In a speech to the Council on Foreign Relations, Secretary of State Hillary Clinton last week called the debt level “a national security threat” that sends “a message of weakness internationally.” The debt, Clinton said, “undermines our capacity to act in our own interest, and it does constrain us where constraint may be undesirable.”
Her warning is appropriate and comes at a key time, as Congress considers additional tax breaks and the President’s bipartisan fiscal commission works on possible recommendations for later this year. The State Department, meanwhile, is taking over many of the operations in Iraq from the military.
Clinton indicated that the department could become more efficient in some areas. She also urged Congress to set priorities: “Whether one is a Republican or a Democrat, a conservative, a progressive, whatever you call yourself, there is no free lunch, and we cannot pretend that there is without doing grave harm to our country and our future generations.”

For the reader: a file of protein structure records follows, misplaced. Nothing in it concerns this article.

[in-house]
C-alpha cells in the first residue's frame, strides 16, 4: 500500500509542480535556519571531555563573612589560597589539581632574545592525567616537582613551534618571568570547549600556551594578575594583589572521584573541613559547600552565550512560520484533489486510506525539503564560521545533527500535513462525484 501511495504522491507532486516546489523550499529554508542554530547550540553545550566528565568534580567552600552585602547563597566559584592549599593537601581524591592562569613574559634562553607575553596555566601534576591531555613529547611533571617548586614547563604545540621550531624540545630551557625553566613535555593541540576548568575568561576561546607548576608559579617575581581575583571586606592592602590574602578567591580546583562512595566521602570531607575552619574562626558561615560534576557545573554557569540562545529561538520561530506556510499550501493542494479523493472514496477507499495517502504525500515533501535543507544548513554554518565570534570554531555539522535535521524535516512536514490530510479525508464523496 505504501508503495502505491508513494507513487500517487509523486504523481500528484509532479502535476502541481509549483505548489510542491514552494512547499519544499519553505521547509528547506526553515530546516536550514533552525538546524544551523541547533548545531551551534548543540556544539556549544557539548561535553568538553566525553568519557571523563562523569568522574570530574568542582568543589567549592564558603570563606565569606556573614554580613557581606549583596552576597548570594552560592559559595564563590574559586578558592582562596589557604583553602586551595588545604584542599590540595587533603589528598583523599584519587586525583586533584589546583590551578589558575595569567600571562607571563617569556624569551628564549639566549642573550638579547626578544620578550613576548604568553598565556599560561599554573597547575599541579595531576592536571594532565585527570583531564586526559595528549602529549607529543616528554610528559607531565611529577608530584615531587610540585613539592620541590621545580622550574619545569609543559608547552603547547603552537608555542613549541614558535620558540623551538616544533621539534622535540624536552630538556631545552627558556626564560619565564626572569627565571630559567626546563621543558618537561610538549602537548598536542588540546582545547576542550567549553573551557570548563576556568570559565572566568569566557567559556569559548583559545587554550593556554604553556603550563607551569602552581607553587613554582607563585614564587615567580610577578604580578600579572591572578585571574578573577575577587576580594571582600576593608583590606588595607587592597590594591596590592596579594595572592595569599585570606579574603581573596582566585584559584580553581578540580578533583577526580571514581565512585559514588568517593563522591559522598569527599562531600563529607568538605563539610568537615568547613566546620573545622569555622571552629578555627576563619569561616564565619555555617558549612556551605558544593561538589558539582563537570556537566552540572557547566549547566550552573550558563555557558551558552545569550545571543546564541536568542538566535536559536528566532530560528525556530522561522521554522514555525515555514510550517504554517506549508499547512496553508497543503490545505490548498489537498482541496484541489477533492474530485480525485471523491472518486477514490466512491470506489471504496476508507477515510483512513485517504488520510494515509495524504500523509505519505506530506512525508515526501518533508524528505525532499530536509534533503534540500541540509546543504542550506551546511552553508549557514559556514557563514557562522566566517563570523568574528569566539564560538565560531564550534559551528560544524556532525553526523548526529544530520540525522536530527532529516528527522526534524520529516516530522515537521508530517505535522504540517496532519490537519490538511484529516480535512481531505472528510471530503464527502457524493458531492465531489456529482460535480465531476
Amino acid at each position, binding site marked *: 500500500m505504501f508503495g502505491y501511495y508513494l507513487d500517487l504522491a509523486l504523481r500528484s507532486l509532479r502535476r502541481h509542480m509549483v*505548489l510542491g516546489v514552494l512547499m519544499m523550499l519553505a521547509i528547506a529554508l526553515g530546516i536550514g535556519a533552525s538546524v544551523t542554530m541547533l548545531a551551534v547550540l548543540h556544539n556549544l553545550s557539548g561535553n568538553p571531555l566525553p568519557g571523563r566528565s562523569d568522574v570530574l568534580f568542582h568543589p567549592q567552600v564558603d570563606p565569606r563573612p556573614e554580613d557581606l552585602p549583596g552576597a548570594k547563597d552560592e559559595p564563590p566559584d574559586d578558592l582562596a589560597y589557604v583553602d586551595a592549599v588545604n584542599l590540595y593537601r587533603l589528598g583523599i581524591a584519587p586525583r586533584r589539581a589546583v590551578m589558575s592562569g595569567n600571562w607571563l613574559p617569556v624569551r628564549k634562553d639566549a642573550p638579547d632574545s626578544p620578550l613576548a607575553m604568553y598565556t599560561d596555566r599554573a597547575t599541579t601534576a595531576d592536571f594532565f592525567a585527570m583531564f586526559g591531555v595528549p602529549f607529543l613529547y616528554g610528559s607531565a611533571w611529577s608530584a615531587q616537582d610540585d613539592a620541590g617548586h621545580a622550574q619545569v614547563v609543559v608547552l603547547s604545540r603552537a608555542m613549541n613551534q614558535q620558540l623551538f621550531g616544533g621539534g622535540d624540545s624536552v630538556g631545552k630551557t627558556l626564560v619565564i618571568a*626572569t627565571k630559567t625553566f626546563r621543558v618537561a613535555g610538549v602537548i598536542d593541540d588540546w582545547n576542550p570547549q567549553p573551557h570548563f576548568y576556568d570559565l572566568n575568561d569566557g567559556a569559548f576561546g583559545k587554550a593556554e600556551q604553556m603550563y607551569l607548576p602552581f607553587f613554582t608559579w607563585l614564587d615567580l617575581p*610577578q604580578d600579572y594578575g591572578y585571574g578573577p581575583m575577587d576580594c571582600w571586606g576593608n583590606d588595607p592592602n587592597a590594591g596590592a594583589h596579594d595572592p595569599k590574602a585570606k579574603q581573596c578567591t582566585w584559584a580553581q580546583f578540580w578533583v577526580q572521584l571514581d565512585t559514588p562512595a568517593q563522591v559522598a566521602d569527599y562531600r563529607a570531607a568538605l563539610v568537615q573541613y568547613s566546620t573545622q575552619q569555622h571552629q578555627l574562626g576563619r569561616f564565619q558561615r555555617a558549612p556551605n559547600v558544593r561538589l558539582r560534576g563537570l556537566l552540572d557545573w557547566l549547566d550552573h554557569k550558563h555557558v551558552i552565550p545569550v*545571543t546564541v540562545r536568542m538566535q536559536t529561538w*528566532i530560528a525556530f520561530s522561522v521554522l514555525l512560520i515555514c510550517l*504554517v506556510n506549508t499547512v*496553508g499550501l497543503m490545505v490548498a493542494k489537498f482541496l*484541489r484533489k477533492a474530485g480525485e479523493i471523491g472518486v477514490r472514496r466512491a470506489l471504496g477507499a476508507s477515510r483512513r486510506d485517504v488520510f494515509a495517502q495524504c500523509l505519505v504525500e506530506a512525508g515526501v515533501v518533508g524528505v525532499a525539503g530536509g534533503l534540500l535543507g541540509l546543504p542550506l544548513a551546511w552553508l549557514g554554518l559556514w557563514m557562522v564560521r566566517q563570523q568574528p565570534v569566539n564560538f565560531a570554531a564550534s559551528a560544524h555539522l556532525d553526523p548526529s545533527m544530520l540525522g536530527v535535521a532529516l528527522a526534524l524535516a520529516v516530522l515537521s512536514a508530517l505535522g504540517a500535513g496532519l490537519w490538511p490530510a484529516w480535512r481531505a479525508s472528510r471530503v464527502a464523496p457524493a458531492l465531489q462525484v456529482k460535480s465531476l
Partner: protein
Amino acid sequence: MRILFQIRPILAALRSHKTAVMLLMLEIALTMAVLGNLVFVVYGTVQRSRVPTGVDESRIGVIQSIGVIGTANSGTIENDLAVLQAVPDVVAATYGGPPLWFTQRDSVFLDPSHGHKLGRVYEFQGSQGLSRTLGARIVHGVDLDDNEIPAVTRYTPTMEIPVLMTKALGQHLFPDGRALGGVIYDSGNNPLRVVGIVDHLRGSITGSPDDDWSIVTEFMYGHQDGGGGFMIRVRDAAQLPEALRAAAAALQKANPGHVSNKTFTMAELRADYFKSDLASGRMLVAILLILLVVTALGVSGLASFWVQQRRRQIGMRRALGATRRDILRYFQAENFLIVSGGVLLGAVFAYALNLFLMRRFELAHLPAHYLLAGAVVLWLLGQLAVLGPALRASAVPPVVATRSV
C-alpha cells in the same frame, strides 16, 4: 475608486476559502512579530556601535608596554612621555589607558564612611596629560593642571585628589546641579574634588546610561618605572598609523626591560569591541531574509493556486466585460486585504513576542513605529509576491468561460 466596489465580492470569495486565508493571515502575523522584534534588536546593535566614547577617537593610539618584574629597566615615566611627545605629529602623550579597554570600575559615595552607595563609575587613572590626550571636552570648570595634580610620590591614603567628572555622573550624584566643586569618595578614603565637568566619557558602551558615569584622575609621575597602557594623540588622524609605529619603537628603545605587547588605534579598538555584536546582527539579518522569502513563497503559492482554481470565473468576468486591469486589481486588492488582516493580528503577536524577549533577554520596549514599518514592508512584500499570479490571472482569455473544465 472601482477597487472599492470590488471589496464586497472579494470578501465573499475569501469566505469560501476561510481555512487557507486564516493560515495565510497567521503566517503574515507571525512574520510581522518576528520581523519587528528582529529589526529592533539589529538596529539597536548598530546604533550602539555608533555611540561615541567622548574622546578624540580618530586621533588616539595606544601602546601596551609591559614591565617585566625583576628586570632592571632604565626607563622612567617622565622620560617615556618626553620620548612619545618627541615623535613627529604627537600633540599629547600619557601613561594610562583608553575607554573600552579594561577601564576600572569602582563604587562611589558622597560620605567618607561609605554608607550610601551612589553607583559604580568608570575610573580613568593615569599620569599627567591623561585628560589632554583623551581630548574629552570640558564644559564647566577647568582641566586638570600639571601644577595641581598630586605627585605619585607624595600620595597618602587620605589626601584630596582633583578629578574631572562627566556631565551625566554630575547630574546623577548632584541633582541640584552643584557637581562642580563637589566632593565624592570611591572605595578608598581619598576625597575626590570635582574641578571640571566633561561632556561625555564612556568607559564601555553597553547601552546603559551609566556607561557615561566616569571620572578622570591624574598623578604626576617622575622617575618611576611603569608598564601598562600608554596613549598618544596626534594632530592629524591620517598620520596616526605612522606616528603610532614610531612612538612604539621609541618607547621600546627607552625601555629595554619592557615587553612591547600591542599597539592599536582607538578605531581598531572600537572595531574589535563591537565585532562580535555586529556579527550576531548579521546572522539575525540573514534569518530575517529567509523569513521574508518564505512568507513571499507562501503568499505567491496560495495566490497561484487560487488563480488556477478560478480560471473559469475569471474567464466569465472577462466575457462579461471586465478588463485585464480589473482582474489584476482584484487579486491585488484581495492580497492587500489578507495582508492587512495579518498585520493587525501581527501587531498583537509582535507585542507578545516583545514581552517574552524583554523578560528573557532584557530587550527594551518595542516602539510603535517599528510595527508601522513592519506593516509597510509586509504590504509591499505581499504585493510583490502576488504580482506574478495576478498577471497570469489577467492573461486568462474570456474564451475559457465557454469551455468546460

Another warning about U.S. debt comes from The World Economic Forum. It reported last week that large deficits and a weakened financial system have made the United States less competitive. In two years the country has slipped from first in global economic competitiveness to fourth — behind Switzerland, Sweden and Singapore.